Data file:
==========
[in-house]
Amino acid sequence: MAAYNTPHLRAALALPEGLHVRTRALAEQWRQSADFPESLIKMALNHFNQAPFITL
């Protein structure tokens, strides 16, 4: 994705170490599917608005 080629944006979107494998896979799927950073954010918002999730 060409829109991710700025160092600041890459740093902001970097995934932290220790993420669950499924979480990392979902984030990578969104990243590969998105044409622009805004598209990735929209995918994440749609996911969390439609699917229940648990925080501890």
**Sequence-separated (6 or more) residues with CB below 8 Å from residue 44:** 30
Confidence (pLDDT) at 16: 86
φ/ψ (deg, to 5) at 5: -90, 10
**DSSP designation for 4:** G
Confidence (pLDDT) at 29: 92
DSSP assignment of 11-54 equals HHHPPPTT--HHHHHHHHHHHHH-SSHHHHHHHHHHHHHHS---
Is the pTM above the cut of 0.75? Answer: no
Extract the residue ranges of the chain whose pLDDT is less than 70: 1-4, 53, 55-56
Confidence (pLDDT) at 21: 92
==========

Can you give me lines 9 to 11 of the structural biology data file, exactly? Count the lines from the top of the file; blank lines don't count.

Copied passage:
DSSP assignment of 11-54 equals HHHPPPTT--HHHHHHHHHHHHH-SSHHHHHHHHHHHHHHS---
Is the pTM above the cut of 0.75? Answer: no
Extract the residue ranges of the chain whose pLDDT is less than 70: 1-4, 53, 55-56